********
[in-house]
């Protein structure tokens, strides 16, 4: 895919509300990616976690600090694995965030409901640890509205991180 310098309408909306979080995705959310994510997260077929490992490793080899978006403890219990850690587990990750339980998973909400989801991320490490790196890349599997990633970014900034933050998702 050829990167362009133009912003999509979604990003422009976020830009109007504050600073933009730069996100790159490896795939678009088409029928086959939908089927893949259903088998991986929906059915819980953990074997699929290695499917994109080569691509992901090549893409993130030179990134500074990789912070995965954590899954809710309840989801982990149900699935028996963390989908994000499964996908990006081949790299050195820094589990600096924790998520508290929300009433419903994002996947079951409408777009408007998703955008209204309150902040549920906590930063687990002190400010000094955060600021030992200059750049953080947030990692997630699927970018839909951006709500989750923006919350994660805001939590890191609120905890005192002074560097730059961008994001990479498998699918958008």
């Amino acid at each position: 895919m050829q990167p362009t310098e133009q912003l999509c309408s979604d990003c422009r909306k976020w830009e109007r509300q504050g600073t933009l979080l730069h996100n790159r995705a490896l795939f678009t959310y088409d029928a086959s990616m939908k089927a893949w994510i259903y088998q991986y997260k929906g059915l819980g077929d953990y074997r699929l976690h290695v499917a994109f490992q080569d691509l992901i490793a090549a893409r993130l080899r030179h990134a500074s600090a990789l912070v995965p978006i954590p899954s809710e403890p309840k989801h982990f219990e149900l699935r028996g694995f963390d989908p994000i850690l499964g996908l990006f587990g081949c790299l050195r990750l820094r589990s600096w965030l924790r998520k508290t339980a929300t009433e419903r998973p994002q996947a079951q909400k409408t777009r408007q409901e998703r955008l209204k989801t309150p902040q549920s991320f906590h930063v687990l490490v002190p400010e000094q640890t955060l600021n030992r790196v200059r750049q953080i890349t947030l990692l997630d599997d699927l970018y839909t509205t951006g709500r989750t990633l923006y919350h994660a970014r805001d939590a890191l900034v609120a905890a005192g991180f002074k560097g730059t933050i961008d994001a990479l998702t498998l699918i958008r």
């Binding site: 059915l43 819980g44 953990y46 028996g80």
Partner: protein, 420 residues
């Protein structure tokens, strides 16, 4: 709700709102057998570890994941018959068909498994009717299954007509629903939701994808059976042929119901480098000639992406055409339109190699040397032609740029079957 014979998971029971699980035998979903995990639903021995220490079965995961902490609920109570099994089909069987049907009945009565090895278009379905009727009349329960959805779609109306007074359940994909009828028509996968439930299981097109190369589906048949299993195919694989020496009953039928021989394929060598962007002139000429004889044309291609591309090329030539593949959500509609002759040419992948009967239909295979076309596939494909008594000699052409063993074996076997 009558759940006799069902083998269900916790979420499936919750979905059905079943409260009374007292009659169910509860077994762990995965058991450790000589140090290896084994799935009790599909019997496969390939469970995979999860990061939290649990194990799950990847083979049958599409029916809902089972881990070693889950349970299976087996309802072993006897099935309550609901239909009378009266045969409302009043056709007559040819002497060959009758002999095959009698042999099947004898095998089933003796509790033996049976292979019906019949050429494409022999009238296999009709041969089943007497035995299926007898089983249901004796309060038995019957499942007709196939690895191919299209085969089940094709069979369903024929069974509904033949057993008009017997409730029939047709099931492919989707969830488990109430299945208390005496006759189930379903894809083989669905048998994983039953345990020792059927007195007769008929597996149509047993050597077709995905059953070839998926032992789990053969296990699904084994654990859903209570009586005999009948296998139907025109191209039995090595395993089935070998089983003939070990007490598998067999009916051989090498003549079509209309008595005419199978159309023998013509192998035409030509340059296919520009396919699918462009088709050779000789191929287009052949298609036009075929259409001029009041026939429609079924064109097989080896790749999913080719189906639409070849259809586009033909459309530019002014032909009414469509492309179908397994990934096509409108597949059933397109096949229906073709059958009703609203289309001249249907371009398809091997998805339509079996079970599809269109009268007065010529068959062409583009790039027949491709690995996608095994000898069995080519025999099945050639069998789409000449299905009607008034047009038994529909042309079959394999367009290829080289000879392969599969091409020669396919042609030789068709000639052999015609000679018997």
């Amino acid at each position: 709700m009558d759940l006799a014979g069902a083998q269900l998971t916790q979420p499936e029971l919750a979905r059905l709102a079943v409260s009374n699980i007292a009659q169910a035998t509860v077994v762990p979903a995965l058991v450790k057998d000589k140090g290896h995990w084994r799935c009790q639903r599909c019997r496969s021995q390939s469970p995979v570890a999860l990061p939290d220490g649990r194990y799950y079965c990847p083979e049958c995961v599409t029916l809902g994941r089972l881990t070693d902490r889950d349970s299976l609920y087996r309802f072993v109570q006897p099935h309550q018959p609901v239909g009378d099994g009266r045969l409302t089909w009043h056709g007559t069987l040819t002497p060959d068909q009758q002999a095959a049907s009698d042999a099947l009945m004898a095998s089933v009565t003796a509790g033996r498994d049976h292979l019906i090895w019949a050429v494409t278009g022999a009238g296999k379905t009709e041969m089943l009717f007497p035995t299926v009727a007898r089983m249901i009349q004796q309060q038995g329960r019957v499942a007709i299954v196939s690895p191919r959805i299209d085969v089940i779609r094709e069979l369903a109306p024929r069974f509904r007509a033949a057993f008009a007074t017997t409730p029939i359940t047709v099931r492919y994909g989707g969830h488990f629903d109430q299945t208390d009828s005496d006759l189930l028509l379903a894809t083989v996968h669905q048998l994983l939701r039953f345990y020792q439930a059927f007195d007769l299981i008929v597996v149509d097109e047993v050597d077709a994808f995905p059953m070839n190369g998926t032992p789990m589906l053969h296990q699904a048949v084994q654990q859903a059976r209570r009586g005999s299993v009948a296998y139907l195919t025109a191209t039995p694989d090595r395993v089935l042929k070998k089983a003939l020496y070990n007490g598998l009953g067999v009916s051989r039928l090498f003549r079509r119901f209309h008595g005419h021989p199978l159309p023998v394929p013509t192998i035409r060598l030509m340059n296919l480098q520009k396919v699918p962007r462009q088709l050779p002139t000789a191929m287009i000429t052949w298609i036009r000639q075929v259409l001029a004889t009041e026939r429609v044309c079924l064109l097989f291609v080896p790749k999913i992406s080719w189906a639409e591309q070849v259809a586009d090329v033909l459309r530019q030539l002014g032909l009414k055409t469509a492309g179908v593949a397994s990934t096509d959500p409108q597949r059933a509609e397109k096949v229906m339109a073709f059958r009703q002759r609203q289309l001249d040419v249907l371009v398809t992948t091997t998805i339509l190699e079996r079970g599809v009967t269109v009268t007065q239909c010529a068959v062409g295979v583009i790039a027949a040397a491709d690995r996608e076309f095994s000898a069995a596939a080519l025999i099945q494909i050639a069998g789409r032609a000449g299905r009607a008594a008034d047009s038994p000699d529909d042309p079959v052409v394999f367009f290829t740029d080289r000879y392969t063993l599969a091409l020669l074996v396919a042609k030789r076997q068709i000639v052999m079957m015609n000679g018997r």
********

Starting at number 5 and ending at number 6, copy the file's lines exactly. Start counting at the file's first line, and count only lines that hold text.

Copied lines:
Partner: protein, 420 residues
């Protein structure tokens, strides 16, 4: 709700709102057998570890994941018959068909498994009717299954007509629903939701994808059976042929119901480098000639992406055409339109190699040397032609740029079957 014979998971029971699980035998979903995990639903021995220490079965995961902490609920109570099994089909069987049907009945009565090895278009379905009727009349329960959805779609109306007074359940994909009828028509996968439930299981097109190369589906048949299993195919694989020496009953039928021989394929060598962007002139000429004889044309291609591309090329030539593949959500509609002759040419992948009967239909295979076309596939494909008594000699052409063993074996076997 009558759940006799069902083998269900916790979420499936919750979905059905079943409260009374007292009659169910509860077994762990995965058991450790000589140090290896084994799935009790599909019997496969390939469970995979999860990061939290649990194990799950990847083979049958599409029916809902089972881990070693889950349970299976087996309802072993006897099935309550609901239909009378009266045969409302009043056709007559040819002497060959009758002999095959009698042999099947004898095998089933003796509790033996049976292979019906019949050429494409022999009238296999009709041969089943007497035995299926007898089983249901004796309060038995019957499942007709196939690895191919299209085969089940094709069979369903024929069974509904033949057993008009017997409730029939047709099931492919989707969830488990109430299945208390005496006759189930379903894809083989669905048998994983039953345990020792059927007195007769008929597996149509047993050597077709995905059953070839998926032992789990053969296990699904084994654990859903209570009586005999009948296998139907025109191209039995090595395993089935070998089983003939070990007490598998067999009916051989090498003549079509209309008595005419199978159309023998013509192998035409030509340059296919520009396919699918462009088709050779000789191929287009052949298609036009075929259409001029009041026939429609079924064109097989080896790749999913080719189906639409070849259809586009033909459309530019002014032909009414469509492309179908397994990934096509409108597949059933397109096949229906073709059958009703609203289309001249249907371009398809091997998805339509079996079970599809269109009268007065010529068959062409583009790039027949491709690995996608095994000898069995080519025999099945050639069998789409000449299905009607008034047009038994529909042309079959394999367009290829080289000879392969599969091409020669396919042609030789068709000639052999015609000679018997």